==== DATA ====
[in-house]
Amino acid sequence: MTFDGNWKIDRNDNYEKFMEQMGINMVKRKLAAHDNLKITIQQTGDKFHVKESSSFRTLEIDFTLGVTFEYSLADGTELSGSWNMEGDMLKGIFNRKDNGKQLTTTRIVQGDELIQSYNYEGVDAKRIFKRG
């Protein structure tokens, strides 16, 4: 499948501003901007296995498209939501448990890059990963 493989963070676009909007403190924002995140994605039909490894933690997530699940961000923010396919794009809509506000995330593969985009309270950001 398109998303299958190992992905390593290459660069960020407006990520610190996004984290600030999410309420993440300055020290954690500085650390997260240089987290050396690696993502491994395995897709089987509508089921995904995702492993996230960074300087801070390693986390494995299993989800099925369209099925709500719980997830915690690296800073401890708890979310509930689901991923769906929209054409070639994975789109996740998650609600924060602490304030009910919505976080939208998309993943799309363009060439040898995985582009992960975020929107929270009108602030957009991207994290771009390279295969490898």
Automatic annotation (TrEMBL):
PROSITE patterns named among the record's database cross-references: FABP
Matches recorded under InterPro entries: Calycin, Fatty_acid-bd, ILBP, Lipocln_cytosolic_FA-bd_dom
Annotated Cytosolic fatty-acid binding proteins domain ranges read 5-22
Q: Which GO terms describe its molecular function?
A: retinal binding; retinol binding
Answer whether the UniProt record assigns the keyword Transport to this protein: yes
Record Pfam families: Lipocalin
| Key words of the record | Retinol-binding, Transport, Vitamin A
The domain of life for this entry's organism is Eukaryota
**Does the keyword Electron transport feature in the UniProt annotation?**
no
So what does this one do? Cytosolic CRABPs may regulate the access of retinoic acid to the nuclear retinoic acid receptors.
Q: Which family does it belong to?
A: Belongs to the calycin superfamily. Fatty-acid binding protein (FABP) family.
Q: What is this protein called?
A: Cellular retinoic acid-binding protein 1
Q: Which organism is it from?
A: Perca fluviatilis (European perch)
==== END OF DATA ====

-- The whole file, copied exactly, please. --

[in-house]
Amino acid sequence: MTFDGNWKIDRNDNYEKFMEQMGINMVKRKLAAHDNLKITIQQTGDKFHVKESSSFRTLEIDFTLGVTFEYSLADGTELSGSWNMEGDMLKGIFNRKDNGKQLTTTRIVQGDELIQSYNYEGVDAKRIFKRG
């Protein structure tokens, strides 16, 4: 499948501003901007296995498209939501448990890059990963 493989963070676009909007403190924002995140994605039909490894933690997530699940961000923010396919794009809509506000995330593969985009309270950001 398109998303299958190992992905390593290459660069960020407006990520610190996004984290600030999410309420993440300055020290954690500085650390997260240089987290050396690696993502491994395995897709089987509508089921995904995702492993996230960074300087801070390693986390494995299993989800099925369209099925709500719980997830915690690296800073401890708890979310509930689901991923769906929209054409070639994975789109996740998650609600924060602490304030009910919505976080939208998309993943799309363009060439040898995985582009992960975020929107929270009108602030957009991207994290771009390279295969490898």
Automatic annotation (TrEMBL):
PROSITE patterns named among the record's database cross-references: FABP
Matches recorded under InterPro entries: Calycin, Fatty_acid-bd, ILBP, Lipocln_cytosolic_FA-bd_dom
Annotated Cytosolic fatty-acid binding proteins domain ranges read 5-22
Q: Which GO terms describe its molecular function?
A: retinal binding; retinol binding
Answer whether the UniProt record assigns the keyword Transport to this protein: yes
Record Pfam families: Lipocalin
| Key words of the record | Retinol-binding, Transport, Vitamin A
The domain of life for this entry's organism is Eukaryota
**Does the keyword Electron transport feature in the UniProt annotation?**
no
So what does this one do? Cytosolic CRABPs may regulate the access of retinoic acid to the nuclear retinoic acid receptors.
Q: Which family does it belong to?
A: Belongs to the calycin superfamily. Fatty-acid binding protein (FABP) family.
Q: What is this protein called?
A: Cellular retinoic acid-binding protein 1
Q: Which organism is it from?
A: Perca fluviatilis (European perch)